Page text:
A project that proposes to give every resident a “unique identity number” is a matter of great concern for those working on issues of food security, NREGA, migration,
technology, decentralisation, constitutionalism, civil liberties and human rights. The process of setting up the Unique Identification Authority of India (UIDAI) has resulted
in very little, if any, discussion about this project and its effects and fallout. It is intended to collect demographic data about all residents in the country.
Before it goes any further, we consider it imperative that the following be done:
(i) Do a feasibility study: There are claims made in relation to the project, about what it can do for the PDS and NREGA, for instance, which does not reflect any understanding of the situation on the ground. The project documents do not say what other effects the project may have, including its potential to be intrusive and violative
of privacy, who may handle the data.
(ii) Do a cost-benefit analysis: It is reported that the UIDAI estimates the project will cost Rs 45,000 crore to the exchequer in the next four years. This does not seem to
include the costs that will be incurred by the registrars, enrollers, the internal systems costs that the PDs system will have to budget if it is to be able to use the UID, the estimated cost to the end user and to the number holder.
(iii) In a system such as this, a mere statement that the UIDAI will deal with the security of the data is obviously insufficient. How does the UIDAI propose to deal with data theft?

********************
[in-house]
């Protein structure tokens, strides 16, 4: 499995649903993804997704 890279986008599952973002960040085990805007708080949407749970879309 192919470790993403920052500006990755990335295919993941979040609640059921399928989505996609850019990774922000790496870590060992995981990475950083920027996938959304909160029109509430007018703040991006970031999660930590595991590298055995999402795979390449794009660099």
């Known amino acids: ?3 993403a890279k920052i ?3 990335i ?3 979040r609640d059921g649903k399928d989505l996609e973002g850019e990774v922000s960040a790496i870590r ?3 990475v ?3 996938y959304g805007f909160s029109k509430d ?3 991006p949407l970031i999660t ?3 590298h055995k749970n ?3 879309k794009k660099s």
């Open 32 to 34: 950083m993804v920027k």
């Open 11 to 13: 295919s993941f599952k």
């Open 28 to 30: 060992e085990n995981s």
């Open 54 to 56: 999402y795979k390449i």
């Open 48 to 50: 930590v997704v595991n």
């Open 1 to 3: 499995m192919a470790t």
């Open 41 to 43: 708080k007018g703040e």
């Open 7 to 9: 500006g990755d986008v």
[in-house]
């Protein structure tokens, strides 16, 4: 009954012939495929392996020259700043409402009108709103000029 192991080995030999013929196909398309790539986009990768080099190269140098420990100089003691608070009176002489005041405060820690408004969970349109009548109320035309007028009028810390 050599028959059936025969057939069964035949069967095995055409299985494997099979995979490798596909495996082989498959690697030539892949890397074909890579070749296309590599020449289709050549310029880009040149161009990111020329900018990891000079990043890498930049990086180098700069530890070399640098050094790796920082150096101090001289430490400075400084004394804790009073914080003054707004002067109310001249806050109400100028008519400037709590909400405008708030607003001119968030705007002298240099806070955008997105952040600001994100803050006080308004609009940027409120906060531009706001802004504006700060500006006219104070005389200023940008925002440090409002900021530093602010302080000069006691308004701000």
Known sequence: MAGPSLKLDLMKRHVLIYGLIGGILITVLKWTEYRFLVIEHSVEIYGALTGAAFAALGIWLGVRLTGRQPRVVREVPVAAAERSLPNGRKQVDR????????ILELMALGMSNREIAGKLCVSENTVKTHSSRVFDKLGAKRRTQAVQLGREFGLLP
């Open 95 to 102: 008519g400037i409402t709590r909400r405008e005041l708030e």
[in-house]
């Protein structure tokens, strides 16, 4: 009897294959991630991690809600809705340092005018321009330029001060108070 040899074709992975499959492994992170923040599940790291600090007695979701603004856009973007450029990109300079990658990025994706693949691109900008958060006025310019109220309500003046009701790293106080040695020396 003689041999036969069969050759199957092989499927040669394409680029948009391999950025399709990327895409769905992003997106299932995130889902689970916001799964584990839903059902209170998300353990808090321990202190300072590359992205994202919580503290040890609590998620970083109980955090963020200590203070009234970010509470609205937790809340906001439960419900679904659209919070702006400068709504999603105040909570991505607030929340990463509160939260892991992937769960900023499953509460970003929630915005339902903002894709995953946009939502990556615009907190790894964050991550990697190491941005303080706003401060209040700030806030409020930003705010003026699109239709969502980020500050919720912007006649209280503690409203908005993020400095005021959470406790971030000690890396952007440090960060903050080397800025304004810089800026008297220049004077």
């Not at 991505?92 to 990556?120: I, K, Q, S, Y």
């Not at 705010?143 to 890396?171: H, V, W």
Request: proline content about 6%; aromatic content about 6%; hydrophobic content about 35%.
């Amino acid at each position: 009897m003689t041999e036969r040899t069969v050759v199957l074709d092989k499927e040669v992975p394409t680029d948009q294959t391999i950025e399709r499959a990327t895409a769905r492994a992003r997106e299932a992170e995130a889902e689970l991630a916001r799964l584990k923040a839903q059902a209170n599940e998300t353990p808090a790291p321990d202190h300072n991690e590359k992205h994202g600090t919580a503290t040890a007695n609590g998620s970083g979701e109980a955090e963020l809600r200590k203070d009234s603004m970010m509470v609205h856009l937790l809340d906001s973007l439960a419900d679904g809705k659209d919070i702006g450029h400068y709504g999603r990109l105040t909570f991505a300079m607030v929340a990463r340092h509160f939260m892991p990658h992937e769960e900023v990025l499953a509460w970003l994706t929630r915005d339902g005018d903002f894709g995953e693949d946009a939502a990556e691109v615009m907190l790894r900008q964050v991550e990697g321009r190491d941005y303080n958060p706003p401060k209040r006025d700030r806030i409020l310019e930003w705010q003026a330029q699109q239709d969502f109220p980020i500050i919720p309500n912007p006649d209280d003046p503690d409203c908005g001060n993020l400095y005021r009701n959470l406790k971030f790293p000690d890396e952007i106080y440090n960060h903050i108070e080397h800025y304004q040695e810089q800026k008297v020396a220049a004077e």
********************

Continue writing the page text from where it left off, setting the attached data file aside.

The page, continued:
(iv) The involvement of firms such as Ernst & Young and Accenture raises further questions about who will have access to the data, and what that means to the people of India. The questions have been raised which have not been addressed so far, including those about:
(i) Privacy: It is only now that the Department of Personnel and Training is said to be working on a draft of a privacy law, but nothing is out for discussion,
(ii) Surveillance: This technology, and the existence of the UID number, and its working, could result in increasing the potential for surveillance,
(iv) Tracking, and
(v) Convergence, by which those with access to state power, as well as companies, could collate information about each individual with the help of the UID number. National IDs have been abandoned in the US, Australia and the uk. The reasons have predominantly been costs and privacy.
If it is too expensive for the US with a population of 308 million, and the UK with 61 million people, and Australia with 21 million people, it is being asked why India thinks it can prioritise its spending in this direction. In the UK the home secretary explained that they were abandoning the
project because it would otherwise be “intrusive bullying” by the State, and that the government intended to be the “servant” of the people, and not their “master”. Is there a lesson in it for us?
This is a project that could change the status of the people in this country, with effects on our security and constitutional
rights. So a consideration of all aspects of the project should be undertaken with this in mind.
We, therefore, ask that the project be halted; a feasibility study be done covering all aspects of this issue; experts be tasked with studying its constitutionality; the law on privacy be urgently worked on (this will affect matters way beyond the UID project); a cost-benefi t analysis be done; a public,
informed debate be conducted before any such major change be brought in.
Justice V R Krishna Iyer,
K G Kannabiran,
S R Sankaran,
Justice A P Shah,
(Based on a statement issued on 28 September)